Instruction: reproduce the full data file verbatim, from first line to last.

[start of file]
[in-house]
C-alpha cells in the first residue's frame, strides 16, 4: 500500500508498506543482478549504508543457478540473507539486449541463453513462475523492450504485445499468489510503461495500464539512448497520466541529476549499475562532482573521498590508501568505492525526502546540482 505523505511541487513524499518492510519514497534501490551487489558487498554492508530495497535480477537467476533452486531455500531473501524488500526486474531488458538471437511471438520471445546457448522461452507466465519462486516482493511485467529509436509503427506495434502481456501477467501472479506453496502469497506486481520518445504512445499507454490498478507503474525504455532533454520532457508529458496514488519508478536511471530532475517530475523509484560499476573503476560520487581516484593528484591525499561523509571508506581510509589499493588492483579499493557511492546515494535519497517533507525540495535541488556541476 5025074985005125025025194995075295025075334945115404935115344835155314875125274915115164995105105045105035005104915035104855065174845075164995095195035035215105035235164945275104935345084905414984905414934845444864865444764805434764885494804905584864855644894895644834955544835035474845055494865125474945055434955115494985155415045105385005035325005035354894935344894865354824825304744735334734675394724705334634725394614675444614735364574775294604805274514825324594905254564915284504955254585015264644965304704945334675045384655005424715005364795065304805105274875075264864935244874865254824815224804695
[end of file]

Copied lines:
[in-house]
C-alpha cells in the first residue's frame, strides 16, 4: 500500500508498506543482478549504508543457478540473507539486449541463453513462475523492450504485445499468489510503461495500464539512448497520466541529476549499475562532482573521498590508501568505492525526502546540482 505523505511541487513524499518492510519514497534501490551487489558487498554492508530495497535480477537467476533452486531455500531473501524488500526486474531488458538471437511471438520471445546457448522461452507466465519462486516482493511485467529509436509503427506495434502481456501477467501472479506453496502469497506486481520518445504512445499507454490498478507503474525504455532533454520532457508529458496514488519508478536511471530532475517530475523509484560499476573503476560520487581516484593528484591525499561523509571508506581510509589499493588492483579499493557511492546515494535519497517533507525540495535541488556541476 5025074985005125025025194995075295025075334945115404935115344835155314875125274915115164995105105045105035005104915035104855065174845075164995095195035035215105035235164945275104935345084905414984905414934845444864865444764805434764885494804905584864855644894895644834955544835035474845055494865125474945055434955115494985155415045105385005035325005035354894935344894865354824825304744735334734675394724705334634725394614675444614735364574775294604805274514825324594905254564915284504955254585015264644965304704945334675045384655005424715005364795065304805105274875075264864935244874865254824815224804695